The plan to build a 10.5-mile Red Line transit service to carry commuters from Woodlawn to Fells Point is in the earliest stages of study by state officials.
But with glossy brochures, "open house" signs at public meetings and large maps of the proposed route, some Woodlawn community leaders say it feels as though the east-west corridor project is for sale, not for consideration.
And with fears about crime and trash accompanying any new light rail or rapid-transit bus route, neighborhood leaders say they are not convinced of Maryland Transit Administration assertions that the commuter line would reduce traffic jams and spur economic development.
"I think they want to sell us a bunch of goods," said Van Ross, president of the Woodlawn Community Council, an umbrella organization of neighborhood groups. "There's a perception that this will be placed through and on the outskirts of primarily minority neighborhoods."
Cheron Wicker, an MTA spokeswoman, said the purpose of this week's meetings is to hear concerns such as those voiced by Woodlawn leaders. "We want to hear everyone's concerns so that we can properly address them," she said.
"This study is something the public has wanted for many, many years," Wicker said. "But it's a study; we're looking at all the alternatives, including doing nothing."
The precise route of the Red Line - as well as whether it would consist of a new light rail line, expansion of existing bus service, or both - has not been determined. And decisions about the project will not come until the spring of 2007, according to the MTA.
But preliminary drafts depict a loop around Security Square Mall, past the Social Security Administration, down Cooks Lane and then along Edmondson Avenue through West Baltimore, downtown, past Patterson Park, with a loop in Canton and Fells Point.
The line would connect to existing Metro, light rail and MARC train lines at various points along the route, drafts show.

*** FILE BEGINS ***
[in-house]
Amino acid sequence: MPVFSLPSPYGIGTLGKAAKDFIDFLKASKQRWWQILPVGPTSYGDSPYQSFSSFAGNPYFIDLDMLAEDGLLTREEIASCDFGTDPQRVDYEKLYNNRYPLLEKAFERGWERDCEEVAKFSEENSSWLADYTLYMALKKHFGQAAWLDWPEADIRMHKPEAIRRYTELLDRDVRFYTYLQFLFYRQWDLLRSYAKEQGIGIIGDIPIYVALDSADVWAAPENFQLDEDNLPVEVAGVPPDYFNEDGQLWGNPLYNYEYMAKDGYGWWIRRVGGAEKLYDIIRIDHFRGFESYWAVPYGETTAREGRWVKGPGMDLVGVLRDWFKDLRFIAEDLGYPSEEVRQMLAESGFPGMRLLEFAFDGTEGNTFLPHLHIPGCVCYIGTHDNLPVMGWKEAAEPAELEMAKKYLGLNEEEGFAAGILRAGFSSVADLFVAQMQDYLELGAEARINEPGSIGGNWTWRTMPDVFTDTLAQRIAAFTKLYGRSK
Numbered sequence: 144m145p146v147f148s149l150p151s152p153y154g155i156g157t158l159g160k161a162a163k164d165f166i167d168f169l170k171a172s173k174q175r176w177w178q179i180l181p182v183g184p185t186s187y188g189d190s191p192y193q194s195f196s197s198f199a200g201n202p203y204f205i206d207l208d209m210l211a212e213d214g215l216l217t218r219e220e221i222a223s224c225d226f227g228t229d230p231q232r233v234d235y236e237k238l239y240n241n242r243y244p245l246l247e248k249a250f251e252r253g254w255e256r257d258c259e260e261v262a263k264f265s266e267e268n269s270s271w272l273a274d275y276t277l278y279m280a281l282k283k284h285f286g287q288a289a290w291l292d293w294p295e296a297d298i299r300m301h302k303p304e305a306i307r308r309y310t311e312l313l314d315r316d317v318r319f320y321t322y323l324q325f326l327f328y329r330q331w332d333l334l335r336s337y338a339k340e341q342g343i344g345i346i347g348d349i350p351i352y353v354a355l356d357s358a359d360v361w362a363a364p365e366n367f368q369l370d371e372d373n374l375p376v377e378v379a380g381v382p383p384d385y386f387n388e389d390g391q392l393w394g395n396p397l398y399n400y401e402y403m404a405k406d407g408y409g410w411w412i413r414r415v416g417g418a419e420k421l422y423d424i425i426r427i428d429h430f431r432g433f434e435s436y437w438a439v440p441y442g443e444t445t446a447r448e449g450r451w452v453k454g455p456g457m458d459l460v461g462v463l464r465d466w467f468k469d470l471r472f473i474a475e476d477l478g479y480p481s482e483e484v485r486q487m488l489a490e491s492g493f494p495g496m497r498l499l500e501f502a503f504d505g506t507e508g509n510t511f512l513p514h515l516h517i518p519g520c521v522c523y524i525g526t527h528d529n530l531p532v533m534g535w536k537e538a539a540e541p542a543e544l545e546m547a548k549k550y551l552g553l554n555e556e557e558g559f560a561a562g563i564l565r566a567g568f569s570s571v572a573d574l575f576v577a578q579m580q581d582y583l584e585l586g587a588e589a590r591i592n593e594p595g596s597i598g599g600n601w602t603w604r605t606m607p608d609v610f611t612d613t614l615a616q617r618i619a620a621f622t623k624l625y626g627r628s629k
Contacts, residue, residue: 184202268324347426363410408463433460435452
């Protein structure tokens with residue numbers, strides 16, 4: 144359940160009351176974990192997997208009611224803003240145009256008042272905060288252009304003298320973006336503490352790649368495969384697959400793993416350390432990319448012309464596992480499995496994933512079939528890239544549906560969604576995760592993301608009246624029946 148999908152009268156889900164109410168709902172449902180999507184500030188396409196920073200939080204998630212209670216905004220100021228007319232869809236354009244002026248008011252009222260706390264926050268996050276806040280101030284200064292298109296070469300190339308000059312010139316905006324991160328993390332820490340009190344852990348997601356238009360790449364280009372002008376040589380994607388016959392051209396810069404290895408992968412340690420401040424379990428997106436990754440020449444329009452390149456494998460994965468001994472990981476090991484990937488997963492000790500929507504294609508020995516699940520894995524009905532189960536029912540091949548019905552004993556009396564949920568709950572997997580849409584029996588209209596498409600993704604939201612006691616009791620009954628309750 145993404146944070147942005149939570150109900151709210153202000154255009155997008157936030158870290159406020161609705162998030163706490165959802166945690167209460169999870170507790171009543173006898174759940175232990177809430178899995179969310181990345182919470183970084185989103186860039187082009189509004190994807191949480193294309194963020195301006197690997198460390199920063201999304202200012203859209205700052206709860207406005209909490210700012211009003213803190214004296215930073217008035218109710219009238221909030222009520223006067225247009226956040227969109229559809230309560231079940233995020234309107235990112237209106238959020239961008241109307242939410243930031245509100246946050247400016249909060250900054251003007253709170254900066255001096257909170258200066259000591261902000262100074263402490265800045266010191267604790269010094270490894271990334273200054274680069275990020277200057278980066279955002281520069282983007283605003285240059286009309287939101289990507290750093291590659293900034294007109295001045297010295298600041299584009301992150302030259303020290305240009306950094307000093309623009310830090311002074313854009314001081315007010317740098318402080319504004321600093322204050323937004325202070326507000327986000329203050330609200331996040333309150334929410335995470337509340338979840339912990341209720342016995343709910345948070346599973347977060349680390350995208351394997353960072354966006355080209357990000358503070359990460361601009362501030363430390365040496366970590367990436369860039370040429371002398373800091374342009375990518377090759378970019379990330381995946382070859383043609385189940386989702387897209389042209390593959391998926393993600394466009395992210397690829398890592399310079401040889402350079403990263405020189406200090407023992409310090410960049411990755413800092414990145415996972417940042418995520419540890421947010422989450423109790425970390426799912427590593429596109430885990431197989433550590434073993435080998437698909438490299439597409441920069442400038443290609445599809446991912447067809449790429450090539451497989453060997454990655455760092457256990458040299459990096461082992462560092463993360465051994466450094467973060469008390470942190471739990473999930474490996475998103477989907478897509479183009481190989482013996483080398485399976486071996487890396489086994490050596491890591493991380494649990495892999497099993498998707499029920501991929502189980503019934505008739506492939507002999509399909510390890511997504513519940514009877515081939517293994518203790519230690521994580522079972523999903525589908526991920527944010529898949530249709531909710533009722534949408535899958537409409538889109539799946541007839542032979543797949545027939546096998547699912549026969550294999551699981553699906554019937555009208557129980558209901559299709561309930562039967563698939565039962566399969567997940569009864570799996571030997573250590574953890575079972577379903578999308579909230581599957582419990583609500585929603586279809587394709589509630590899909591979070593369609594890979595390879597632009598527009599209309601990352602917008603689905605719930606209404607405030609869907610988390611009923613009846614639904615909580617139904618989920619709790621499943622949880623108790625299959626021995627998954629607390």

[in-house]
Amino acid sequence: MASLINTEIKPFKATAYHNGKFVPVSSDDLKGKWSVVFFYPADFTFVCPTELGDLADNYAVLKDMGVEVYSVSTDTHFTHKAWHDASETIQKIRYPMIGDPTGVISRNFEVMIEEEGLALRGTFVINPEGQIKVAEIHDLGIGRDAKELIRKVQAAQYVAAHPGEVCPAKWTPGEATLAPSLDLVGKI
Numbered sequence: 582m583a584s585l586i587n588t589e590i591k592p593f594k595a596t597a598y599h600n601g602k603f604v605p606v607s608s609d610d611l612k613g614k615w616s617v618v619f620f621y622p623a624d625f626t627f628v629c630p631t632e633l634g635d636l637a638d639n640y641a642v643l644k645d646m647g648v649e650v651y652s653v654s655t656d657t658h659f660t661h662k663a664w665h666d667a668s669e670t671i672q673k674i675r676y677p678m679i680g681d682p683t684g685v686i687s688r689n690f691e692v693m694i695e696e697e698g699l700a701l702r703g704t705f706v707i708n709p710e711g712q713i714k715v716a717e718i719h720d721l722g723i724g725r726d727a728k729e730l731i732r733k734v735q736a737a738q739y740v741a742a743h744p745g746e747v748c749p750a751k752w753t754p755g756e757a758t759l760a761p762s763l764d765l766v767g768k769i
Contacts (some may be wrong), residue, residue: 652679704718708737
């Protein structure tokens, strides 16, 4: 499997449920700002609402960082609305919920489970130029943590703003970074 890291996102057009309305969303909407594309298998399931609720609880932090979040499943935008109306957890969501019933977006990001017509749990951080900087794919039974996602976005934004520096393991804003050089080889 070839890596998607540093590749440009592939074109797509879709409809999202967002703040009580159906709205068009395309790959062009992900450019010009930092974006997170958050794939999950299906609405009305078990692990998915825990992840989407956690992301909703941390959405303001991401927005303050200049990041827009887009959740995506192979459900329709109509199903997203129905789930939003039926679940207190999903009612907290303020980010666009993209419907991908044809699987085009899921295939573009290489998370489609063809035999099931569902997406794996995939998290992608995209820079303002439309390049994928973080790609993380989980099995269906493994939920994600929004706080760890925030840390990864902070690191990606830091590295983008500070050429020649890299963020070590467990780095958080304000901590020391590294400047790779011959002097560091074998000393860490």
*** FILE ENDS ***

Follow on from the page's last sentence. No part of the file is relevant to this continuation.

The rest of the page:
The funding for about half of the project's cost would come from the federal government, with state and local governments paying the rest, officials have said. The state has budgeted $240 million for the study and possible construction over six years, Wicker said.
At an open house Tuesday sponsored by the MTA at the Woodlawn Community Center - the second in a series of six public meetings this week in neighborhoods along the proposed line - residents milled about the room, watching video tapes, collecting brochures and studying large maps with dotted lines showing where trains and buses could run.
The forum reminded some attendees of touring a model home for a new housing development. Ross said she is looking forward to the question-and-answer sessions that state officials say they will hold late next year or early in 2007.
Denise Moore, president of the Hilltop Community Association, said her community has not decided whether to support the project. She was gathering information for her neighbors to consider, even though she said she doesn't like the idea.
"Woodlawn is already a dumping ground for the state, just look at the number of group homes," Moore said. "There are a lot of hard-working African-American people in this community. And we don't want to see the trash, crime and undesirable people coming into the neighborhoods."
Moore and others wondered why the proposed line wouldn't stretch into areas such as Catonsville, and they wanted to know whether any private land would be condemned for the project.
"A lot of it depends on where they take the right of way," said Ray Dion, vice president of the Gwynn Oak Community Association.
While new service could reduce traffic on the Baltimore Beltway, Dion and others said they worry that it would give criminals ready access to their neighborhoods.
"If they had better security than they do on the light rail, maybe some of the concerns would be resolved," said Joseph Morzeck, who lives in Westgate, adding, "We need more public transportation, especially with gas prices so high and the roads so clogged."